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Life Hacks

Navigating Life as a Traveler Who Works From Home

By
Kacey Mya
on
January 8, 2019

Working remotely has become more common and popular for traveling millennials. Here are some tips on how to establish successful work from home habits...

What do travelers do when they aren't traveling? Unless traveling is part of their livelihood, they likely have a job where they work remotely or from home. Technology advances make lifestyles where people balance travel and remote work more common.

Going back and forth between these extremes can be difficult, from setting up your home for effective work to scheduling work on the road or in the air. Discipline, organization and flexibility are a few pillars of an accomplished home-based traveler. The following tips can help you navigate work on-the-go and in the comfort of your home.

1. Establish Successful Habits at Home

Remote workers who travel need a trustworthy routine that stays consistent at your home-base and in new countries. While you're not in a structured office, you can still set yourself up for success. Try the following tips:

  • Don't work in your pajamas — get dressed.
  • Keep consistent office hours.
  • Take breaks, especially to do an activity that gets you moving.
  • Get to know your remote coworkers.
  • Intentionally find times to be social during the day.

It helps to know your strengths and weaknesses when you're trying to form healthy habits. Figure out what time of day you work best and what conditions help you stay on task. Most people have better cognitive and analytic abilities in the morning, but it certainly depends on the individual.

Once you know what will get you to the end of your workday in your home, replicate these conditions when you're half-way across the country in a hotel room.

2. Create a Productive Environment

When you are back from your travels at home, don't let your kitchen or dining room table be your office desk. A productive setting will help you make the most out of a home office. With the number of American workers operating from home and the amount of time they do so continuously on the rise, creating a workspace at home is a wise decision.

Whether you revamp a closet space into a mini office or move a desk into your guest room, section off a part of your home as a "work zone." Organize your work area so that when you return from that trip to Europe, for example, you won't miss a beat before jumping back into your remote work.

3. Balance Work and Life

Balancing work and life as a traveler who works from home can be challenging. It's been debated whether remote workers accomplish more than traditional office workers, but 91 percent of remote workers personally feel they are more productive at home. Tendencies at home that disrupt life and work aren't the same as those that come with travel.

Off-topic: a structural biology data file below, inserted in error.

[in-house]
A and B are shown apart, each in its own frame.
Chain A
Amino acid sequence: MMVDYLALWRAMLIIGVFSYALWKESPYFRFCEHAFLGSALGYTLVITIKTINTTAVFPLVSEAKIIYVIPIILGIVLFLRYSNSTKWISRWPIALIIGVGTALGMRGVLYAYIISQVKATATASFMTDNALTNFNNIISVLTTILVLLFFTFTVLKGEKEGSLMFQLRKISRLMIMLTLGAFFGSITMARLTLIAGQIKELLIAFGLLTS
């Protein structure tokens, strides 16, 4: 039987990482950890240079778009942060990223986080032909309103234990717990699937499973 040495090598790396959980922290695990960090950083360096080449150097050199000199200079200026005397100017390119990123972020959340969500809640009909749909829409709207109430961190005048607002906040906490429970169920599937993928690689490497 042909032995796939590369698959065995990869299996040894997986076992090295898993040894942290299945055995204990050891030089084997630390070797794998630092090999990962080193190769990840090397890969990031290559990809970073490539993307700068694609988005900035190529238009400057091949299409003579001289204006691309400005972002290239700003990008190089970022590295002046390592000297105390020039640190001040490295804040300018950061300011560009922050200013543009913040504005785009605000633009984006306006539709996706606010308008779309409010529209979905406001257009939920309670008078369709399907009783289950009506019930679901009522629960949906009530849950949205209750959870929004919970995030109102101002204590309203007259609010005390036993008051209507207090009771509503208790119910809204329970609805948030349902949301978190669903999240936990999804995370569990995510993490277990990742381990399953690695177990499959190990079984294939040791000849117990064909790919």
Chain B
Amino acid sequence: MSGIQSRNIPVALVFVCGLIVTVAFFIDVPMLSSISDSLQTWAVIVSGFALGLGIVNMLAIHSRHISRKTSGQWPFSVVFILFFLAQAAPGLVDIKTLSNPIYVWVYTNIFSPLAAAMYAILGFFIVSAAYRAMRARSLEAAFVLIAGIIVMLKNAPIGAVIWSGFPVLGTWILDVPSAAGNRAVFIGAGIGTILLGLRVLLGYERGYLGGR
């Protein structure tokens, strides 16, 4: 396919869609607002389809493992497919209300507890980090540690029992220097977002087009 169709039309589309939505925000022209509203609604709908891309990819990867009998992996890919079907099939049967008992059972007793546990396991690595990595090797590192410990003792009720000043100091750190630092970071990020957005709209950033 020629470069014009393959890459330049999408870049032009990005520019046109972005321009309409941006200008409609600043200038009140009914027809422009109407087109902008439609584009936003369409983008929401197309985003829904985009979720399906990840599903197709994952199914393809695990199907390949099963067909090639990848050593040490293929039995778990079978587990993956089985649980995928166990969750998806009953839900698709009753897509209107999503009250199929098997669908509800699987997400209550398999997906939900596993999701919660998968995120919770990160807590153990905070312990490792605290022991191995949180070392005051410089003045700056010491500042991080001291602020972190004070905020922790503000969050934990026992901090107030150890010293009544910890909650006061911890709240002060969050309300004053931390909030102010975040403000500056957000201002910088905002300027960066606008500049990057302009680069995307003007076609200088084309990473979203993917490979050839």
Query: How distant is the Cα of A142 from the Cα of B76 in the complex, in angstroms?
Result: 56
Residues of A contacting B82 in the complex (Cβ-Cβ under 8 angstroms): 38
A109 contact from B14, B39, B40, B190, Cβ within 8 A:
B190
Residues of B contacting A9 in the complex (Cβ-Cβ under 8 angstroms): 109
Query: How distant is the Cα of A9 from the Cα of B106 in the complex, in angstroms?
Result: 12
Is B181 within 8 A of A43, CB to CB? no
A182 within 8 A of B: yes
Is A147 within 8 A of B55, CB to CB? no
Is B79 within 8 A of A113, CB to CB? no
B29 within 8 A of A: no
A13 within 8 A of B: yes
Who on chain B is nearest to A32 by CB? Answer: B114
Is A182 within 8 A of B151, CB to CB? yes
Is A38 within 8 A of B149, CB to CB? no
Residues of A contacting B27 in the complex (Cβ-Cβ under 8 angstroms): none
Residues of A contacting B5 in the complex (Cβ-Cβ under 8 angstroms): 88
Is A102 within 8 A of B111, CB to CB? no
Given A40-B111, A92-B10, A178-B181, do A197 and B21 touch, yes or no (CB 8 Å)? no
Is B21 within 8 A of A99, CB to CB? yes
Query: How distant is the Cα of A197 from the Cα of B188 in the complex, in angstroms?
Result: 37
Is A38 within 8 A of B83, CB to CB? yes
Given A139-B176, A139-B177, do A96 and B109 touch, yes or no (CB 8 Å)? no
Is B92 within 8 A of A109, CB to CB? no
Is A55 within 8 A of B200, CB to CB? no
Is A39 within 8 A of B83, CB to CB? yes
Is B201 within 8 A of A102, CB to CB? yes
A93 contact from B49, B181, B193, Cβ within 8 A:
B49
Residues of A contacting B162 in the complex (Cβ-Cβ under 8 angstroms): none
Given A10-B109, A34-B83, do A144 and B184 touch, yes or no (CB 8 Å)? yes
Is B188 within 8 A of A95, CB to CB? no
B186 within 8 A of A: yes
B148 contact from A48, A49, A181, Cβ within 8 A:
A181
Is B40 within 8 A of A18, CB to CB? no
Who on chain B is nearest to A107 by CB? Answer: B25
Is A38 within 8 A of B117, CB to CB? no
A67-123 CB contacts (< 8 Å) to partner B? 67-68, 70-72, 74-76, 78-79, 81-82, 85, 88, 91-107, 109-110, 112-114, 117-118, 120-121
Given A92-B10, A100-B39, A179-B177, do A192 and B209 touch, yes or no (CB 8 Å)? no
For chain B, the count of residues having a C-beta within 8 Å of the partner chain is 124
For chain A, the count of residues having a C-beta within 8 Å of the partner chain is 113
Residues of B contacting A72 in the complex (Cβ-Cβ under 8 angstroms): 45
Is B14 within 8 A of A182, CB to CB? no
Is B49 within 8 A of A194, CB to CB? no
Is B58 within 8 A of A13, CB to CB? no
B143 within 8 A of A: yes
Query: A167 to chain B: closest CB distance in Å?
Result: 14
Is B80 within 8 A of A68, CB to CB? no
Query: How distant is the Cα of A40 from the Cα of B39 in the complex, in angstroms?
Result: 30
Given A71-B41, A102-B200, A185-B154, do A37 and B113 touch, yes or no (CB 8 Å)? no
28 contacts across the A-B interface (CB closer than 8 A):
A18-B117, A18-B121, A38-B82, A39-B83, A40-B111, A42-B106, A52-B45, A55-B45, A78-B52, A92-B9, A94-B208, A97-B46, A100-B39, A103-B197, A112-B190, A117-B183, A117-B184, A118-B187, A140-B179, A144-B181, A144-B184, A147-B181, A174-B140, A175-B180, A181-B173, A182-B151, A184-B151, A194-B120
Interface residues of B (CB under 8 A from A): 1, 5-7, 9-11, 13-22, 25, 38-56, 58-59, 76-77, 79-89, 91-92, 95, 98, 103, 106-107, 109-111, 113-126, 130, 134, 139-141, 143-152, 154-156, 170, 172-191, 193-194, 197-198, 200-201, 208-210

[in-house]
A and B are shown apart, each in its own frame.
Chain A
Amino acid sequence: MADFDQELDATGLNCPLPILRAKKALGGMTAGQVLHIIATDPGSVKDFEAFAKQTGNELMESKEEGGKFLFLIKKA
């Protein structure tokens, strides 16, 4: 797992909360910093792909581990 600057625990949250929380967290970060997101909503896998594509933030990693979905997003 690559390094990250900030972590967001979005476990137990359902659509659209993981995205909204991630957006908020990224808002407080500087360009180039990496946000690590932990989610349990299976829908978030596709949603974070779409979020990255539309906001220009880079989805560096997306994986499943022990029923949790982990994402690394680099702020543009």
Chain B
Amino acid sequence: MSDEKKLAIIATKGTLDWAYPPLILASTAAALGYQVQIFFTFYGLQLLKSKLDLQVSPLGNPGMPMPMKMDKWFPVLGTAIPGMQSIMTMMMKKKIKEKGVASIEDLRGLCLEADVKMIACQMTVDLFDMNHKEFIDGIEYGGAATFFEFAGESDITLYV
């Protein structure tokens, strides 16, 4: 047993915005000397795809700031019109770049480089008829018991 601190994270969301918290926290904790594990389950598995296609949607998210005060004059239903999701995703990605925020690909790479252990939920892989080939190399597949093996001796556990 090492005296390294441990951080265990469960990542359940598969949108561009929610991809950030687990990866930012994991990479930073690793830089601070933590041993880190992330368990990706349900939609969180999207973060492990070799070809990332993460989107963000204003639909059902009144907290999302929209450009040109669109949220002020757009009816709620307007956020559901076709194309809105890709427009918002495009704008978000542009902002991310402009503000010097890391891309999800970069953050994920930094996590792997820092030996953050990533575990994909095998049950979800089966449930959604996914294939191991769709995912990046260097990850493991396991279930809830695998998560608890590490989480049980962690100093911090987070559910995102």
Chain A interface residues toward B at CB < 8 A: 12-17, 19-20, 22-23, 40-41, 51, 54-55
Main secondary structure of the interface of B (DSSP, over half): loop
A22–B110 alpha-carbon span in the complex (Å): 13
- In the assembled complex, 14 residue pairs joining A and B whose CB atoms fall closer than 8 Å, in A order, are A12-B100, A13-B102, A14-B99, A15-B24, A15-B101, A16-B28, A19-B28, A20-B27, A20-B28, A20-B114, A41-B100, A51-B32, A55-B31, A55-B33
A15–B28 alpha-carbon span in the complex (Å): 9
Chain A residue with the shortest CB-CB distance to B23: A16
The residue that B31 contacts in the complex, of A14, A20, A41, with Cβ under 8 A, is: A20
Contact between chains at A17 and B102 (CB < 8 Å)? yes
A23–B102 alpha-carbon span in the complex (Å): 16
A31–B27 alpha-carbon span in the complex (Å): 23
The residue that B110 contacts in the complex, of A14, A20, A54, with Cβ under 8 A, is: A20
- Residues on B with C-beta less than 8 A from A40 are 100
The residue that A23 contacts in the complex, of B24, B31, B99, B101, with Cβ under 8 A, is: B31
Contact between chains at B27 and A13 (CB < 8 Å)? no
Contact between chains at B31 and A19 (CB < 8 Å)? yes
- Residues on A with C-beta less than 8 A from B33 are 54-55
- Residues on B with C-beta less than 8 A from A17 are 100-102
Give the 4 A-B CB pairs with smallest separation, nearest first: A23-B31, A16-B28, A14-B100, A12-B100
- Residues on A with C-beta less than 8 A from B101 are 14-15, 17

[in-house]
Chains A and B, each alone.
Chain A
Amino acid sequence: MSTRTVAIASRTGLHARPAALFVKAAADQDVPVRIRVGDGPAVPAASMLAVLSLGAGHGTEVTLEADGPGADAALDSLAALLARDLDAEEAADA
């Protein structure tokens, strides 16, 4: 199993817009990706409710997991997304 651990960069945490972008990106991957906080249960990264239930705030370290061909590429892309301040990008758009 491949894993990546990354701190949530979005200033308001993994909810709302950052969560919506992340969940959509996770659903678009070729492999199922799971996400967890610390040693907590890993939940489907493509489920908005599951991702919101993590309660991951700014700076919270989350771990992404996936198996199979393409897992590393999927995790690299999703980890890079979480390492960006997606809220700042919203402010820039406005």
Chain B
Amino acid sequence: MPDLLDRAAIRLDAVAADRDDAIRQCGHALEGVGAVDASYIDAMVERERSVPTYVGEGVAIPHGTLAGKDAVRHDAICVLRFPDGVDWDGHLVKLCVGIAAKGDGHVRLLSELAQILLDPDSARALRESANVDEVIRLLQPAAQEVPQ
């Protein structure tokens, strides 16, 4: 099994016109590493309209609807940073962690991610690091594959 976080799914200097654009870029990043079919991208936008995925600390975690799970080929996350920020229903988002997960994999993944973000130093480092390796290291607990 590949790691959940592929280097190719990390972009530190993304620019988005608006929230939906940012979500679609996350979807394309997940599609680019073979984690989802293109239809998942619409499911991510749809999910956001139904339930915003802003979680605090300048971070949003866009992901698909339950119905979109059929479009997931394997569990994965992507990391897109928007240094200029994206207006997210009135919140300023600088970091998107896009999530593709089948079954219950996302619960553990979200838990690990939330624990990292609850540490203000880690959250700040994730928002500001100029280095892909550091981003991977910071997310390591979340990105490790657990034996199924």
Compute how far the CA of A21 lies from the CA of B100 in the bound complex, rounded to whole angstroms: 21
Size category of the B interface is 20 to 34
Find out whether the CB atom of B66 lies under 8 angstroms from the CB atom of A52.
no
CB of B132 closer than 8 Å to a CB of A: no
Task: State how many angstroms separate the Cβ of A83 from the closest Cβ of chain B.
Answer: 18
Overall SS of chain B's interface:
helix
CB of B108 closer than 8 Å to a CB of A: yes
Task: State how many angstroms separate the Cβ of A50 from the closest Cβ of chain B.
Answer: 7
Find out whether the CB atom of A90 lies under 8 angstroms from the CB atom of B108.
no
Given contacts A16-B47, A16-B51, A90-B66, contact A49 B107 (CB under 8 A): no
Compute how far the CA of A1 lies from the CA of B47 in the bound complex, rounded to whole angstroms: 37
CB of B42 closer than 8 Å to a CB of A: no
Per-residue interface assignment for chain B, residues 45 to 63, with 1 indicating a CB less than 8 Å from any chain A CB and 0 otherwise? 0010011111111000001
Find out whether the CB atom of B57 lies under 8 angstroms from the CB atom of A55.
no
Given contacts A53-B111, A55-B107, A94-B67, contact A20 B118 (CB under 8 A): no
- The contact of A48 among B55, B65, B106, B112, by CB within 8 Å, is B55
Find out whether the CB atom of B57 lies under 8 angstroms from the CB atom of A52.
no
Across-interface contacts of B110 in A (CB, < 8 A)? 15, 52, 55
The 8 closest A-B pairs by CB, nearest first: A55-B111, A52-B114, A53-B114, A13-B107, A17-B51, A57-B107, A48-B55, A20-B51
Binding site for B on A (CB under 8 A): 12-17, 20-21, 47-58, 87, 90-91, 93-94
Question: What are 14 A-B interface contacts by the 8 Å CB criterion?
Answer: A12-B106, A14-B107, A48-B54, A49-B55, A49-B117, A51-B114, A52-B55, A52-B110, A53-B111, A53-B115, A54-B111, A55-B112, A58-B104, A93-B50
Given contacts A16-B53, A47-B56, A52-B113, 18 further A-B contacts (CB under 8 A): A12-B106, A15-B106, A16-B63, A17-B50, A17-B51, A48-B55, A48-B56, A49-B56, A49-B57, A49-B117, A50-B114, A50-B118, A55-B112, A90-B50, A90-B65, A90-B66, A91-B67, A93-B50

When you travel, you'll have to limit your tendency to overwork, so you can enjoy the different culture and attractions around you. As much as possible, stick to your office hours when you're visiting a new place, so you don't miss the sights and experience.

At home, however, distractions like your after-work hobbies or your to-do list of chores might draw your attention away from work. Avoid distractions that will be on your mind when you're trying to get through your workday. Make a schedule for your week and factor in after-hours time for your chores and interests.

4. Manage Remote Work on the Road

Getting work done while traveling requires forethought, focus and flexibility. You'll have to account for different time zones and what you have access to in different countries.

If you need to make phone calls for work when you're traveling, you need to ensure you can on your phone, especially if you're abroad. You can use various apps for messaging capabilities, and you can consult with your phone carrier for international packages. Also, invest in international outlet adapters, so you can charge all the technology you need to get the job done.

Ensure you have access to Wi-Fi by creating a hotspot with your smartphone or locating internet access at places on your travel itinerary. If your remote work allows you to work manually rather than online, you can store a notebook and writing utensil or just use an offline program on your laptop to continue working.

5. Make the Most of Your Travel and Work

Remotely working from home and traveling abroad is a versatile opportunity. Alternating between these settings requires an established routine, balance and environment. Set up your home and travel habits to increase productivity and produce success.

Kacey Mya
Kacey is a lifestyle blogger for The Drifter Collective, an eclectic lifestyle blog that expresses various forms of style through the influence of culture and the world around us. Kacey graduated with a degree in Communications while working for a lifestyle magazine. She has been able to fully embrace herself with the knowledge of nature, the power of exploring other locations and cultures, all while portraying her love for the world around her through her visually pleasing, culturally embracing and inspiring posts. Follow Kacey on Twitter and subscribe to her blog to keep up with her travels and inspiring posts!

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